Points of Interest:
- Enjoy a hike along a highly scenic State Outstanding Resource Water.
- Look for flowering rose azaleas in the spring.
- See ancient sandstones covered with ferns, mosses, and lichens.
Pickle Creek, an Outstanding State Resource Water, winds its way for two miles through narrow and scenic sandstone valleys. This high-quality Ozark stream has a sustained flow and a sandy bottom owing to its carving through the ancient Lamotte sandstone formation. Sandstone bluffs and ledges border the stream in many places. The water is often tea-colored but has good clarity. These waters support at least 20 native fish species. The fish fauna includes fishes of the prairie faunal region (e.g., red shiner, sand shiner, Johnny darter) and the Ozark faunal region (e.g., bleeding shiner, Ozark minnow, rainbow darter) and thereby is deemed as a transitional fish community composed of species spanning two regions. Along Pickle Creek ancient Precambrian igneous rhyolite and granite rocks are exposed which underlie the Lamotte sandstone above. These rocks had a volcanic origin in contrast to the sandstone which formed along the edge of an ancient sea. Also exposed is a small area of gneiss, a 1.5 billion year old metamorphic rock rarely exposed in Missouri.
Along the stream the valley slopes and ledges support rose azalea, one of Missouri’s showiest flowering shrubs. The forests and woodlands along Pickle Creek are dominated by white oak, shortleaf pine, and scarlet oak with flowering dogwood and low bush blueberry in the understory. The pine and the blueberry along with bracken fern and an abundance of mosses and lichens are indicative of the acidic soils developed from the sandstone bedrock. This area supports many plant species that are more common in the forests of the eastern U.S., including cinnamon fern, royal fern, partridge berry, and a number of species considered to be relicts of the Pleistocene glaciation – rattlesnake plantain, hay-scented fern, ground pine, and smooth white violet (the last three also species of conservation concern). On the ridges and slopes above the creek park staff are restoring shortleaf pine woodlands using prescribed fires to restore a structurally varied and diverse landscape. Look and listen for the pine warbler, summer tanager, blue-gray gnatcatcher, white-breasted nuthatch, worm-eating warbler, and black-and-white warbler in the dry piney slopes above the creek. Along the creek you might spot a Louisiana waterthrush, Acadian flycatcher, or northern parula.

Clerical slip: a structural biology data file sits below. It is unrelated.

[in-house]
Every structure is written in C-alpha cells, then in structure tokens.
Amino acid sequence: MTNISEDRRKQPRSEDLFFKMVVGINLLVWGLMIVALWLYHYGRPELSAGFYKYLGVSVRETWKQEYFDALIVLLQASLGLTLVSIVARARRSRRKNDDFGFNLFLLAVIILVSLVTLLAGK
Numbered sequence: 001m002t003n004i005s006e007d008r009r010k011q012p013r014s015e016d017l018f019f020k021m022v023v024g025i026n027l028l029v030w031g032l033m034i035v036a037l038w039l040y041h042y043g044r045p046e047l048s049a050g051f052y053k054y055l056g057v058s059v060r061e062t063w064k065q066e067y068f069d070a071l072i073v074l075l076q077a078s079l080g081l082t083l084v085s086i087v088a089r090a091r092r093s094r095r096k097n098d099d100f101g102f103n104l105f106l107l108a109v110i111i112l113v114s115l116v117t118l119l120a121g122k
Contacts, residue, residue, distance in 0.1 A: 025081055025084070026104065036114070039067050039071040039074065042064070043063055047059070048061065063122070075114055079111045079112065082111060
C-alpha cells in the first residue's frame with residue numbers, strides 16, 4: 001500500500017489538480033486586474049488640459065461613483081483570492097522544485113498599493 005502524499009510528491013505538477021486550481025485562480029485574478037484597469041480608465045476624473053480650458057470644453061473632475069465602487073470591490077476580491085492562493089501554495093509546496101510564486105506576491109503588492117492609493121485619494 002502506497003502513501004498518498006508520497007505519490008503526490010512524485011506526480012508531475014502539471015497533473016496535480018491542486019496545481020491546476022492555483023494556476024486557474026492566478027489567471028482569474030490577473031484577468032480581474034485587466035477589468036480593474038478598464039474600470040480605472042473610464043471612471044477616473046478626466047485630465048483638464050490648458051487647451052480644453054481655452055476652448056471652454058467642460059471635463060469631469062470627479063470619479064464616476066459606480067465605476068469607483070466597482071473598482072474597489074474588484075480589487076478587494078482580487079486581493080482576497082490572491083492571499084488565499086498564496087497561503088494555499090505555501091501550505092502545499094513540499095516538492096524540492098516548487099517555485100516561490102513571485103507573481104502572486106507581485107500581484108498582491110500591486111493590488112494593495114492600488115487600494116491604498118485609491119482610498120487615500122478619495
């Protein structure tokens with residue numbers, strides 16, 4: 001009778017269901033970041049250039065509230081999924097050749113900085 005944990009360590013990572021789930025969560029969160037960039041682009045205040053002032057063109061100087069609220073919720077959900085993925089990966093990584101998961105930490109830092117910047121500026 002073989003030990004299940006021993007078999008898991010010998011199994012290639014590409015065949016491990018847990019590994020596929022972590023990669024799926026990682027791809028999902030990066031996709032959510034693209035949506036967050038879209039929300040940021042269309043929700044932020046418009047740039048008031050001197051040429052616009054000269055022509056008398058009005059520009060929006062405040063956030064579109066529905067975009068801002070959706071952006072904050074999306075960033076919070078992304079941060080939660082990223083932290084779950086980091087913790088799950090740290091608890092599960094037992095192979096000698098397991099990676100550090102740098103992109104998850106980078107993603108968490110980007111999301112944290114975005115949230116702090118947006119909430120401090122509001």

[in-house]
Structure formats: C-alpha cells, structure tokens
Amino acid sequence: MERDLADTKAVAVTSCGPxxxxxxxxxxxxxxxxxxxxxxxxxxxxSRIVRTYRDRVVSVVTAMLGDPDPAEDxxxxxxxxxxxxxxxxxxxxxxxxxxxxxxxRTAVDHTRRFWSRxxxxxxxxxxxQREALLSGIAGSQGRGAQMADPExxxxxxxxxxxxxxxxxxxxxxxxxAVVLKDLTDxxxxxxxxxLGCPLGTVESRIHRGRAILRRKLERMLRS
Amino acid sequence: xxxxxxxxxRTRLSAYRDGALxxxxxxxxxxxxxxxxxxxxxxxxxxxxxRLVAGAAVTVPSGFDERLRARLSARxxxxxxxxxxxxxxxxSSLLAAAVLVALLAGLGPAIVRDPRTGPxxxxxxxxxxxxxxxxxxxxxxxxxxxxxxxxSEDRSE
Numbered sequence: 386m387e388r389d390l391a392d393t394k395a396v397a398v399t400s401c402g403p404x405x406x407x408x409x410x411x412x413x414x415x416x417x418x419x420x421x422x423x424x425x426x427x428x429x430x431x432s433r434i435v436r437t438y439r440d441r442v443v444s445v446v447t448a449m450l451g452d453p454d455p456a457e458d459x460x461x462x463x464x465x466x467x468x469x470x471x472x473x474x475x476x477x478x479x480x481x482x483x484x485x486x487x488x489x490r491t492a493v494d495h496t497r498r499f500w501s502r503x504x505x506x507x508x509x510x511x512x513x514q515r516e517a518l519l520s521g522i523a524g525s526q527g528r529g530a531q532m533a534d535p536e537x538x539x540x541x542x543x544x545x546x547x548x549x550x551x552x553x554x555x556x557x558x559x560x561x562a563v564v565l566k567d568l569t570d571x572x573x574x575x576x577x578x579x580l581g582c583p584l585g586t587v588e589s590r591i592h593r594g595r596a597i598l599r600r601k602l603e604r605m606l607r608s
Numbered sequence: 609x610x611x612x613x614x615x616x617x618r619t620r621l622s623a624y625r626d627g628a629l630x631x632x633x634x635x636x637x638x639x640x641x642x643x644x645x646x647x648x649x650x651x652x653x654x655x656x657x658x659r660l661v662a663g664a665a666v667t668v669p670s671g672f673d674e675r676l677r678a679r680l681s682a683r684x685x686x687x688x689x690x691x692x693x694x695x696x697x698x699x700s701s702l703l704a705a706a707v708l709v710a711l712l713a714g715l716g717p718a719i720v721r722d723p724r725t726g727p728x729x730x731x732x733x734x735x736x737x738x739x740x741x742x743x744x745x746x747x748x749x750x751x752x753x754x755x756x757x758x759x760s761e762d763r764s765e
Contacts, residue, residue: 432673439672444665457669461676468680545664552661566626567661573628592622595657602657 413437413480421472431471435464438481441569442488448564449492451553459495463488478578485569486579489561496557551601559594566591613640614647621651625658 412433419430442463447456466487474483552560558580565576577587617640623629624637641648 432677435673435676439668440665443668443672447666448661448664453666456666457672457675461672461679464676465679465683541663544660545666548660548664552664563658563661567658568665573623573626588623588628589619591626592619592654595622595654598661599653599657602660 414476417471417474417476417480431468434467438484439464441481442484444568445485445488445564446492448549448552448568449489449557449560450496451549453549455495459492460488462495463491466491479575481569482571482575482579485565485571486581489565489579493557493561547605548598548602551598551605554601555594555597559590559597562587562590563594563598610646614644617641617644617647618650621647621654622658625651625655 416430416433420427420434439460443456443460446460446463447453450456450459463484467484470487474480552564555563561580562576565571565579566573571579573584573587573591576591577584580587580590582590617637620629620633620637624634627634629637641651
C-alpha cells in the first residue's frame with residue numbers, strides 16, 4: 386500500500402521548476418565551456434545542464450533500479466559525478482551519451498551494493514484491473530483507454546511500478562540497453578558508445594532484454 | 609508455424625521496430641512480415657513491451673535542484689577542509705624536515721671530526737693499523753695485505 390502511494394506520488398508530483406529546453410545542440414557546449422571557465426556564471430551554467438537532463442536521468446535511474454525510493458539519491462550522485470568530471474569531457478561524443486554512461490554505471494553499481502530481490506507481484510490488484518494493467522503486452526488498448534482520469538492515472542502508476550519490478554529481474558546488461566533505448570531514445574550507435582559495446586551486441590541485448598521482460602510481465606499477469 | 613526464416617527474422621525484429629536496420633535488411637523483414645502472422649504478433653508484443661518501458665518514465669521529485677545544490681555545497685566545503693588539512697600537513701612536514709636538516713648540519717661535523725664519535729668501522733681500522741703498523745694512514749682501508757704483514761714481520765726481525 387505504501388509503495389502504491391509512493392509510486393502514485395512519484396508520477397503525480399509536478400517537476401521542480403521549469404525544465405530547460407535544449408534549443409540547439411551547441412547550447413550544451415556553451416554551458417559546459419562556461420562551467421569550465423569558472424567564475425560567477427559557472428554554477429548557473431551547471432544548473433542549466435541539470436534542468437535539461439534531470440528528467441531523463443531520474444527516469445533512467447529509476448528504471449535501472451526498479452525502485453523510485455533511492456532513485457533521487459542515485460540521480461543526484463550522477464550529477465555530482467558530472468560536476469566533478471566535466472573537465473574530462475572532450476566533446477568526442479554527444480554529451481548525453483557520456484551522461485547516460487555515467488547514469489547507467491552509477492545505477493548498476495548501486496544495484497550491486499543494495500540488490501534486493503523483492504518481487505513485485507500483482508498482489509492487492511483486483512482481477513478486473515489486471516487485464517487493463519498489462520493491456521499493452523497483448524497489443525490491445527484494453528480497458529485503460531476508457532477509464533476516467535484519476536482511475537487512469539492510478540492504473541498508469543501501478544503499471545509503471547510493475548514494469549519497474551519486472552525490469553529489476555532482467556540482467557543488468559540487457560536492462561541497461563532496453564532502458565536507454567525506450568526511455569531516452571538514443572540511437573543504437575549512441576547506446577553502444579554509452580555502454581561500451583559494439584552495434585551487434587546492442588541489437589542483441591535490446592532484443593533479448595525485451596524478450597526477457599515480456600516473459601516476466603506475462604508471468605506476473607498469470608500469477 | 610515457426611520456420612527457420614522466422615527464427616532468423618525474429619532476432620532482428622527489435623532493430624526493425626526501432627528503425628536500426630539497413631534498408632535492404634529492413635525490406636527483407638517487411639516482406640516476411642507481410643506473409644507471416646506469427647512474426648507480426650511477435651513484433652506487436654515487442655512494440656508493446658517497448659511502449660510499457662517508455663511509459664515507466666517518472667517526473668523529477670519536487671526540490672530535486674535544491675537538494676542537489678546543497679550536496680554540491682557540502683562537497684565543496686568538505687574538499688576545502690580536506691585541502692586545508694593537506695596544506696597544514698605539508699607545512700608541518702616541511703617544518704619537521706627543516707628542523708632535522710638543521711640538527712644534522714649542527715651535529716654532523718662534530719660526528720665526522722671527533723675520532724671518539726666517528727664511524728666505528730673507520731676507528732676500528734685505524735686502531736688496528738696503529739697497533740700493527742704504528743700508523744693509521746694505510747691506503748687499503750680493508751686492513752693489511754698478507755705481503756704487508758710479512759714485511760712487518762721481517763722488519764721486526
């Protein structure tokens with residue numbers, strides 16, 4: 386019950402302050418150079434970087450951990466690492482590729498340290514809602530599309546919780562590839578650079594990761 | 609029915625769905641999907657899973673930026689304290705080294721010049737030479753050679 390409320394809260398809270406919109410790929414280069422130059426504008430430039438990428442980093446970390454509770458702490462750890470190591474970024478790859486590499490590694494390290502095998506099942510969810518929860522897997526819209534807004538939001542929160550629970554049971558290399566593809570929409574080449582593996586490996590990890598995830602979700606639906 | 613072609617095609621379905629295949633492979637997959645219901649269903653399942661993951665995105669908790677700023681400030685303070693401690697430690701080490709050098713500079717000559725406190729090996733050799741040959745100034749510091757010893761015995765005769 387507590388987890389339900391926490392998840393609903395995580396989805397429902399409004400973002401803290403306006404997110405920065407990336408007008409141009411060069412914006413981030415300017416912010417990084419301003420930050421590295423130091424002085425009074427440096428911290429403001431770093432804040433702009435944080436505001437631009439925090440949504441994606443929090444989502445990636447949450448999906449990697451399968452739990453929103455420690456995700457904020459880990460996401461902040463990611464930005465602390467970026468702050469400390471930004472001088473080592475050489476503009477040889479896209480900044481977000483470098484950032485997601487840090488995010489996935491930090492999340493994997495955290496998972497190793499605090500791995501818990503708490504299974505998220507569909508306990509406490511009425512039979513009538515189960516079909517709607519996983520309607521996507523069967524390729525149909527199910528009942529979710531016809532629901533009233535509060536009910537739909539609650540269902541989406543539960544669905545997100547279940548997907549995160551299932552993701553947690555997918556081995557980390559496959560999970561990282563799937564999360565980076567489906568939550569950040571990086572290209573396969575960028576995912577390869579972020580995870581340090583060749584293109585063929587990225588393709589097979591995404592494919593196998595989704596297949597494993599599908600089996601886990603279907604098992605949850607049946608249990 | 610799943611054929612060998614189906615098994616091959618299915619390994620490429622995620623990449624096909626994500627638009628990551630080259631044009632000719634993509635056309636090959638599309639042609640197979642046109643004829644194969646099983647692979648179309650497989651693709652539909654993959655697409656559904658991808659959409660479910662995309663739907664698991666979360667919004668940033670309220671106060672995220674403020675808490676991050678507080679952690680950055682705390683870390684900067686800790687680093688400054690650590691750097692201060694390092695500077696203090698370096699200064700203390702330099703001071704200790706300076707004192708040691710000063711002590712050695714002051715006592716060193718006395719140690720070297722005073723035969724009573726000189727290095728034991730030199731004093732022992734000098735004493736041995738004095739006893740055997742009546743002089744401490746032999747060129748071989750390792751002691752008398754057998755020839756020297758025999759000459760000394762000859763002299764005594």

From the intersection of Highways 67 and 32 in Farmington take Highway 32 east for 12.5 miles and turn right (south) onto Highway 144. Travel 3 miles on Highway 144 to the park entrance. Follow the main park road to the park office. Because of the fragility of the sandstone soils and geologic features, visitors are asked to stay on the Pickle Creek Hiking Trail that provides access to this natural area. The Pickle Creek Trail starts near the picnic shelter between the park office and the campground. Hunting and fishing are not permitted.
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